POSTOPERATIVE CARE INSTRUCTIONS

Breast Surgery 

  • No arms above head for 6 weeks
  • No reaching behind back or lifting greater than 10 lb for 6 weeks
  • Sleep with your head elevated on a few pillows for the first 3 days
  • Immediately after surgery – soft bras only, no underwires

If you are having immediate breast reconstruction at the time or mastectomy (breast cancer removal) you will not have a bra or be able to wear a bra until released by physician


Abdominal Surgery

  • Remain bent over forward for approximately 2 weeks after surgery. Using a walker will assist with the ambulation and back pain. 
  • Sleep with knees bent, pillows behind knees and head up 30 degrees (beach chair position)
  • No lifting over 10 lbs (1 gallon of milk is approximately 10 lbs) or above shoulders or reaching behind back for 6 weeks after surgery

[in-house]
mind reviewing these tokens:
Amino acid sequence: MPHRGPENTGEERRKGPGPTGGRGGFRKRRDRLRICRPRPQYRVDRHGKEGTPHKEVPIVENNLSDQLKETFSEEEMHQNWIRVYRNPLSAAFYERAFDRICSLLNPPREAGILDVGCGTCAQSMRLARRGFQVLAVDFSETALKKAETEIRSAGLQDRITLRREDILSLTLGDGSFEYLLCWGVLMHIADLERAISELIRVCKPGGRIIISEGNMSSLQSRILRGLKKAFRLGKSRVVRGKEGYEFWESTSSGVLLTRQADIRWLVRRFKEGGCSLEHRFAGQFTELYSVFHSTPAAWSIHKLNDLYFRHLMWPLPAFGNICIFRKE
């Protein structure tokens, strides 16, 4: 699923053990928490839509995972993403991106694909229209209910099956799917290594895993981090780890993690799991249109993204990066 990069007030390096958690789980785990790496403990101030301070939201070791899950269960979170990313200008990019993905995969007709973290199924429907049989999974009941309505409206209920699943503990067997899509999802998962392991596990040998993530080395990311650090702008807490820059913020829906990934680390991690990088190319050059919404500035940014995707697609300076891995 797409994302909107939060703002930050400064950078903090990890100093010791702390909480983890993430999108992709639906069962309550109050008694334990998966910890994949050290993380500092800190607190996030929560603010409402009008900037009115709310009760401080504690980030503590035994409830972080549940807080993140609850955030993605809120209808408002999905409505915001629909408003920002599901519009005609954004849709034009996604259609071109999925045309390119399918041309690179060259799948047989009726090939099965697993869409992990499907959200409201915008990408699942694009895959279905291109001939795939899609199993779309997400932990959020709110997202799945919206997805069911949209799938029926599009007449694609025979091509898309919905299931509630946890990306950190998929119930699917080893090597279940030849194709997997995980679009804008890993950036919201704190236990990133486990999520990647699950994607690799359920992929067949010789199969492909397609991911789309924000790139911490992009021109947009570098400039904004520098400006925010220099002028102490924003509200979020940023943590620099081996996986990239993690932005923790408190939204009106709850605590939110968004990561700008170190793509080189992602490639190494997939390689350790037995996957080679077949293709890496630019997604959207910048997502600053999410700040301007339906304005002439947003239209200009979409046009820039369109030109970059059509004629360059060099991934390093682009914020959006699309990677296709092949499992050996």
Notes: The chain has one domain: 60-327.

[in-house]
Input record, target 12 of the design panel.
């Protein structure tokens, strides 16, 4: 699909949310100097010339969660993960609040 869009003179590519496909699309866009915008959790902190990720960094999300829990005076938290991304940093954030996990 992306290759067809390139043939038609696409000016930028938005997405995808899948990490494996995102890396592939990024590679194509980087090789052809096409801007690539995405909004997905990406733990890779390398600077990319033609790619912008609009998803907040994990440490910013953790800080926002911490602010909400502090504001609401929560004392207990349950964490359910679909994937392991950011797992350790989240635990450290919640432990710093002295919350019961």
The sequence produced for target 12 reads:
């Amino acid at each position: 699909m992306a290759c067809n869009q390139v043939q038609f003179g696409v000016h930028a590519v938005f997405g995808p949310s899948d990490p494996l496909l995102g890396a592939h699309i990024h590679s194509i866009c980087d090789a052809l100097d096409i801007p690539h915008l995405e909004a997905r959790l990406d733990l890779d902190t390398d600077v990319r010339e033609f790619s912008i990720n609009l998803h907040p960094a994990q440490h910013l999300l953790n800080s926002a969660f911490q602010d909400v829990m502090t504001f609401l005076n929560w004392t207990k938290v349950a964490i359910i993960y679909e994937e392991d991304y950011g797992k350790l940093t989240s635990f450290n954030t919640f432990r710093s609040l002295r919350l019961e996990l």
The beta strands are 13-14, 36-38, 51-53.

• No abdominal exercise until released by physician


Fat Grafting
 

  • Wear compressive undergarment/spanx/binder for 2 weeks
  • Do not sit or lay on the area that has been grafted for 1 month (butt, breasts, face)


Thigh Lift

  • No arms above head, reaching behind back or lifting greater than 10 lbs for 6 weeks after surgery
  • Use a raised toilet seat
  • Limit bending, large extensions and movements of lower extremities 
  • Wear a compression garment 24 hrs/day for 2 weeks (with exception of showering) then at night for the next 2 weeks


Arm Lift

  • No arms above head, reaching behind back or lifting greater than 10 lbs for 6 weeks after surgery
  • Limit bending, large extensions and movements of upper extremities 
  • Wear a compression garment 24 hrs/day for 2 weeks (with exception of showering) then at night for the next 2 weeks


Showering

  • No showering for 72 hours after surgery 
  • No bathing/submerging in water/hot tubs/swimming/pools/etc for 4 weeks

 

Driving

  • No driving while taking narcotic pain medication (it’s the law!) 
  • We prefer patients to wait 2-3 weeks before driving.